Limitations

As noted elsewhere (Coker et al. 2017), Green Dot was implemented in Kentucky high schools with thorough intervention training and fidelity throughout the implementation, which may have contributed to programmatic success. Results of this trial may not generalize to other settings if implemented with different educator training or fidelity.

Although an experimental study design was used in this trial, all outcomes were self-reported. While self-reports are the only data source of students’ attitudes toward violence (sexual and dating violence acceptance), this study’s validity remains dependent on the accuracy of students’ self-reports. Lack of blinding of intervention status may have led to a social desirability bias in responses to the violence acceptance measure, such that students in intervention schools may have under-reported violence acceptance because they knew their school had a violence prevention program. To address this potential threat study to validity, data collection was anonymous; there was no way to link individual students by training and over time. Measures of violence acceptance were not labeled or framed as norms or attitudes but that of opinions with no right or wrong answers using established scales (IRMA and GDVA). Finally, to address students not taking time and care to provide accurate responses, and given the study sample size, analyses were conducted to exclude mischievous responders instead of adjusting for correlates of mischievous respondents as proposed by Robinson-Cimpian (2014).

Individuals were not tracked over time as surveys were anonymous. However, the study was designed to measure intervention associated change in violence acceptance at both the student-level efficacy analysis and the school-level effectiveness analysis. The latter was consistent with the Green Dot model for intervention diffusion where training impacts individuals, their social networks and ultimately violence acceptance changes at the school level. The addition of intervention efficacy analyses provided a more comprehensive indicator of how Phase 1 and 2 training resulted in violence acceptance within intervention schools and relative to control school over time. Future research to measure bystander effectiveness in changing violence acceptance and violence rates for trained individual, through their social network, within their schools, and into their communities would add to the existing literature.

Conclusions

Implementation of a bystander intervention to reduce violence acceptance in Kentucky high schools decreased both sexual and dating violence acceptance over time with program implementation. The impact of intervention training on reducing violence acceptance was greatest among those receiving training (efficacy analyses); yet, training had an effect on reducing violence acceptance at the school level and over time with intervention implementation. Further studies are needed to assess bystander intervention effectiveness and efficacy in other settings. These findings are among the first to identify an effective bystander intervention to reduce sexual and dating violence acceptance.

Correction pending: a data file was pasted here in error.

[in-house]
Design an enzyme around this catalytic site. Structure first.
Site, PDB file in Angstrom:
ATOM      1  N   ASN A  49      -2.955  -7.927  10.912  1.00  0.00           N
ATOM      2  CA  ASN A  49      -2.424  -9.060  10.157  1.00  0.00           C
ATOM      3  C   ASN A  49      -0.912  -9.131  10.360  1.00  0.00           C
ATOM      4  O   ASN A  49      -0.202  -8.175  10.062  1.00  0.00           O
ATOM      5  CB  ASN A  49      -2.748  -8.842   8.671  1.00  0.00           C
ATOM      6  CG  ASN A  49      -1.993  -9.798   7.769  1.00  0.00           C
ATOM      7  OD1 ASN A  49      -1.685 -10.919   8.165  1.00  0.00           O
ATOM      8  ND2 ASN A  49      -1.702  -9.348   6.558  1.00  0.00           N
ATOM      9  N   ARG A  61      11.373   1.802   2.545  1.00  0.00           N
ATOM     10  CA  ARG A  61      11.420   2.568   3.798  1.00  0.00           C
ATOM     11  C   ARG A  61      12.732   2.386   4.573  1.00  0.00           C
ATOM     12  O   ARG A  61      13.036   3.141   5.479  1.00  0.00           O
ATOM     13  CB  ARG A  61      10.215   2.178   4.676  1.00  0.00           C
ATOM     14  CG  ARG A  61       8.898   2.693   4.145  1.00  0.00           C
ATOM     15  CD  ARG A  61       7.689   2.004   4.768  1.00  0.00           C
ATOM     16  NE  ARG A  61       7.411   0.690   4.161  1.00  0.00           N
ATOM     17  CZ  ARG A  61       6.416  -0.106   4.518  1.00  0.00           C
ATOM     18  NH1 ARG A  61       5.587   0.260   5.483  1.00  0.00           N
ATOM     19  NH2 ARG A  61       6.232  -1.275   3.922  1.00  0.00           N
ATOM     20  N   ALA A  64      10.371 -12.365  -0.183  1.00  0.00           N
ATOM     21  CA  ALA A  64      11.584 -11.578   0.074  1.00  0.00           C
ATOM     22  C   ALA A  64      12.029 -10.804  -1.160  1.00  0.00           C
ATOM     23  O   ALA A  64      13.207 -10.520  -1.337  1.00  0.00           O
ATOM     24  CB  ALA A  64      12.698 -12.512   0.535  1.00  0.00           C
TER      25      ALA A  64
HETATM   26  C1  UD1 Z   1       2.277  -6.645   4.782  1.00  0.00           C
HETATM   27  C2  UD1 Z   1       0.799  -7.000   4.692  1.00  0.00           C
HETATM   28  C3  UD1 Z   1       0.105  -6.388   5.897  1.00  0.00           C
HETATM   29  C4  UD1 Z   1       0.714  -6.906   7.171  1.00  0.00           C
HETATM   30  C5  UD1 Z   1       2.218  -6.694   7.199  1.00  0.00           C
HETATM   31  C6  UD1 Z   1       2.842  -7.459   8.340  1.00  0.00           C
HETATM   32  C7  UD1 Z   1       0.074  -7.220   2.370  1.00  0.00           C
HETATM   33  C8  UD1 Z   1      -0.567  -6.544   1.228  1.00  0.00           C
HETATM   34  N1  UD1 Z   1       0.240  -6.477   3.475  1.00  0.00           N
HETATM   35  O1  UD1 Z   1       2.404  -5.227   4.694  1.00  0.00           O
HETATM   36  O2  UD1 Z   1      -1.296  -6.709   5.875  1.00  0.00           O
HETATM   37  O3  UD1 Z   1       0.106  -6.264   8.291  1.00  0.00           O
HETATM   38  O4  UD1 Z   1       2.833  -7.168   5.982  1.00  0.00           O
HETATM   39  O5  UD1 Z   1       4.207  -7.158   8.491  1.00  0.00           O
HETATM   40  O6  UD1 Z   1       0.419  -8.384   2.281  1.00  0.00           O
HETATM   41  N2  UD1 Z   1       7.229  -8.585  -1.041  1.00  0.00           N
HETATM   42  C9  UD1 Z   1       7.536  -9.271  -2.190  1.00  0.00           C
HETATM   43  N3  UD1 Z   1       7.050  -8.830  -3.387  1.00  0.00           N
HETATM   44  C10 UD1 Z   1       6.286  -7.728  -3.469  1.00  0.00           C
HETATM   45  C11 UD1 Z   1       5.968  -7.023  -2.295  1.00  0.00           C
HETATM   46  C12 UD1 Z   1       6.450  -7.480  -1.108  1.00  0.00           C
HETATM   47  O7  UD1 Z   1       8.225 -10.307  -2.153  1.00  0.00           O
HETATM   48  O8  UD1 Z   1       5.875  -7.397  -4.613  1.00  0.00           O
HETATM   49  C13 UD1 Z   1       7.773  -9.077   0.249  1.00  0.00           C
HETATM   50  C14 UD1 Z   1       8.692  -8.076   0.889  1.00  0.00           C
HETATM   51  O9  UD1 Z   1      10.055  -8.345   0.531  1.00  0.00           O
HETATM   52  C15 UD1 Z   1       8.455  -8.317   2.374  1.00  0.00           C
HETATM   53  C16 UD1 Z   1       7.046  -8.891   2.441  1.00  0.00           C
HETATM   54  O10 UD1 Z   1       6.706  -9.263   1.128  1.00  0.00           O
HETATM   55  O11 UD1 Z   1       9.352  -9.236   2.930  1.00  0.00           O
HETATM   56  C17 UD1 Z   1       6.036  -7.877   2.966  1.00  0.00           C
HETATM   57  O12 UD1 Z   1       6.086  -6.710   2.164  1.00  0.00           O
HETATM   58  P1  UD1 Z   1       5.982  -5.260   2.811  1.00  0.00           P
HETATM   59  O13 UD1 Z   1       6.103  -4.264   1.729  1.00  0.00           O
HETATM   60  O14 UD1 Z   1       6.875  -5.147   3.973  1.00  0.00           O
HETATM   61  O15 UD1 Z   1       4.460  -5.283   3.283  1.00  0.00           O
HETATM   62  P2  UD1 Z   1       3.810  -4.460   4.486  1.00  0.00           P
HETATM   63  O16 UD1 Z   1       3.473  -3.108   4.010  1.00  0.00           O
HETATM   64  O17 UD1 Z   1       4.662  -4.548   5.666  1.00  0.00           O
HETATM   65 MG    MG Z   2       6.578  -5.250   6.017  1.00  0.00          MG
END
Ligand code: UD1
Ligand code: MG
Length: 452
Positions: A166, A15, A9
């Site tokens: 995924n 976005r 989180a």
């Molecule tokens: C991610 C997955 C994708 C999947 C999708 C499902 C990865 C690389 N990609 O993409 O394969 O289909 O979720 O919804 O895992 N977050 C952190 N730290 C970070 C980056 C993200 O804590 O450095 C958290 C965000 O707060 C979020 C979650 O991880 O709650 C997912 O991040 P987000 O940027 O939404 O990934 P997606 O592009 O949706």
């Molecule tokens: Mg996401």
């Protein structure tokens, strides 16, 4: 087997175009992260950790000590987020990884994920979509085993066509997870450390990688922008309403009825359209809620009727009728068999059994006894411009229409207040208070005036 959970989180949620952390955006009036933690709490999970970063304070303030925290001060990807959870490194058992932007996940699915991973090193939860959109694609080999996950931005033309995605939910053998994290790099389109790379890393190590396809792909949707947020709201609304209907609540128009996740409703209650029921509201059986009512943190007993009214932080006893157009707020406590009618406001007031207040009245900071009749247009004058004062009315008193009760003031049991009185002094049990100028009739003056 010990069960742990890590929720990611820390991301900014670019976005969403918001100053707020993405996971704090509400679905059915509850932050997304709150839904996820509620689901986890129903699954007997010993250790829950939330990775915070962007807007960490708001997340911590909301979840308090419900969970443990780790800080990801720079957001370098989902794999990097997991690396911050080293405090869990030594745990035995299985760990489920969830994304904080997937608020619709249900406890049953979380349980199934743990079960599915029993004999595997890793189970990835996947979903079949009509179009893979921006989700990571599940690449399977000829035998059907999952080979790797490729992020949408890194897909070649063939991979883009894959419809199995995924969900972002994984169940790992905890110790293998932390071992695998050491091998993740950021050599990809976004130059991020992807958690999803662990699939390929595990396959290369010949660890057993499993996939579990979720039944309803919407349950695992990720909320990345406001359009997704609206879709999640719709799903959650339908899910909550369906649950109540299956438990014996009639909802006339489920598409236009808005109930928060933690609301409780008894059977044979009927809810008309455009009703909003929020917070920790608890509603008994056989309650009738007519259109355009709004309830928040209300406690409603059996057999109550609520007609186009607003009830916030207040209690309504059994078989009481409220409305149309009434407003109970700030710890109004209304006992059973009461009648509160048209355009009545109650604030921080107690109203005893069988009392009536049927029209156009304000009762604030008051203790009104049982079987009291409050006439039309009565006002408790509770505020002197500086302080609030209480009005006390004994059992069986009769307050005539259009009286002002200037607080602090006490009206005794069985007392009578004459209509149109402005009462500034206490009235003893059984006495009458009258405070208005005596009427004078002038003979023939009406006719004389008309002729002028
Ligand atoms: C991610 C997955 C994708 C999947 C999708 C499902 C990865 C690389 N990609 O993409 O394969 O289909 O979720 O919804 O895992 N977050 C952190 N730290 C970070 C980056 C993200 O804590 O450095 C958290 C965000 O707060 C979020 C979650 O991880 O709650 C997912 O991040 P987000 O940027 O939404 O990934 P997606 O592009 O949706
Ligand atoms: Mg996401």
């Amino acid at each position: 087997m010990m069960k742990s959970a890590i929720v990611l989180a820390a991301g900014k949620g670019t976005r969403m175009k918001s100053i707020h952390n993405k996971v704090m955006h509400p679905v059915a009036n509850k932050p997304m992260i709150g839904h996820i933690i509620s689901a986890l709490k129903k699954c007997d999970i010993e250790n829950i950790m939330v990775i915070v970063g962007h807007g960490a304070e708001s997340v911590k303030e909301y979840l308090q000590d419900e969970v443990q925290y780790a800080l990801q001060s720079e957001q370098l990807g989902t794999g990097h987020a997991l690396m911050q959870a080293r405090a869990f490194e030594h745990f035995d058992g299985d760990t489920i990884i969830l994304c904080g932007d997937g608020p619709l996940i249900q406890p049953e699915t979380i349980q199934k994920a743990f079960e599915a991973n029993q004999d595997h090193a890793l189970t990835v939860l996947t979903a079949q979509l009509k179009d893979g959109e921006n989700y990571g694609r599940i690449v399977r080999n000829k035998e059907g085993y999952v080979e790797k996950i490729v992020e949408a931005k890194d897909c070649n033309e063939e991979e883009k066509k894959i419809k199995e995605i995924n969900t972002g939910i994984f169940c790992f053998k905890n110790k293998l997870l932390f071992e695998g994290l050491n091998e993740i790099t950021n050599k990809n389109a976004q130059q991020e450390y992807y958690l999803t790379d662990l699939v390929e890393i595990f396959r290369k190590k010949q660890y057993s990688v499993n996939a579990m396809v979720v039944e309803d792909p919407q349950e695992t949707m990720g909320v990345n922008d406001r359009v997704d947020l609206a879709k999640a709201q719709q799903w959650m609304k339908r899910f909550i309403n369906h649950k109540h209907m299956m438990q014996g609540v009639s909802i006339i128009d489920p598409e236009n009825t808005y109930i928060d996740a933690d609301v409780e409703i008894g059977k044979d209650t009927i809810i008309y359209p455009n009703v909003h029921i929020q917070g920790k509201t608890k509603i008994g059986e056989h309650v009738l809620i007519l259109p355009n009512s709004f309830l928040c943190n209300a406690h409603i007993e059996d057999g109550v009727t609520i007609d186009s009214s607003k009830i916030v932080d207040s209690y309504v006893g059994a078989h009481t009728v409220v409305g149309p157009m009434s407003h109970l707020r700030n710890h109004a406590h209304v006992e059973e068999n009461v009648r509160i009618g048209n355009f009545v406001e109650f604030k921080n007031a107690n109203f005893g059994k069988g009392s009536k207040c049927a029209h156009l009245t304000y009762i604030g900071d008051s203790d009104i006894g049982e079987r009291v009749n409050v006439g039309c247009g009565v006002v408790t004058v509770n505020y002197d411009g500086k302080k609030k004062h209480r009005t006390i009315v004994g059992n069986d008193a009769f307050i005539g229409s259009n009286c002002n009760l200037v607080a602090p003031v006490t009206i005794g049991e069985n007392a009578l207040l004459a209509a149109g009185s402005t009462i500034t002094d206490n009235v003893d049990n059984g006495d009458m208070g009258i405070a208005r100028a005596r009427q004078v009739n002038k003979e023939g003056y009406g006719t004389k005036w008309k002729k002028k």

References

  1. Banyard, V. L. (2008). Measurement and correlates of pro-social by-stander behavior: The case of interpersonal violence. Violence and Victims, 23(1), 85–99.  https://doi.org/10.1891/0886-6708.23.1.83.CrossRefGoogle Scholar
  2. Banyard, V. L., & Moynihan, M. M. (2011). Variation in bystander behavior related to sexual and intimate partner violence prevention: Correlates in a sample of college students. Psychology of Violence, 1(4), 287–301.CrossRefGoogle Scholar
  3. Banyard, V. L., Plante, E. G., & Moynihan, M. M. (2004). Bystander education: Bringing a broader community perspective to sexual violence prevention. Journal of Community Psychology, 32(1), 61–79.  https://doi.org/10.1002/jcop.10078.CrossRefGoogle Scholar
  4. Banyard, V. L., Moynihan, M. M., & Plante, E. G. (2007). Sexual violence prevention through bystander education: An experimental evaluation. Journal of Community Psychology, 35(4), 463–481.  https://doi.org/10.1002/jcop.20159.CrossRefGoogle Scholar
  5. Berkowitz, A. D. (2002). Fostering men’s responsibility for preventing sexual assault. In P. A. Schewe (Ed.), Preventing violence in relationships: Interventions across the life span (pp. 163–196). Washington, DC: American Psychological Association.CrossRefGoogle Scholar
  6. Brown, A. L., Banyard, V. L., & Moynihan, M. M. (2014). College students as helpful bystanders against sexual violence: Gender, race, and year in college moderate the impact of perceived peer norms. Psychology of Women Quarterly, 38(3), 350–362.CrossRefGoogle Scholar
  7. Burn, S. (2009). A situational model of sexual assault prevention through bystander intervention. Sex Roles, 60(11–12), 779–792.  https://doi.org/10.1007/s11199-008-9581-5.CrossRefGoogle Scholar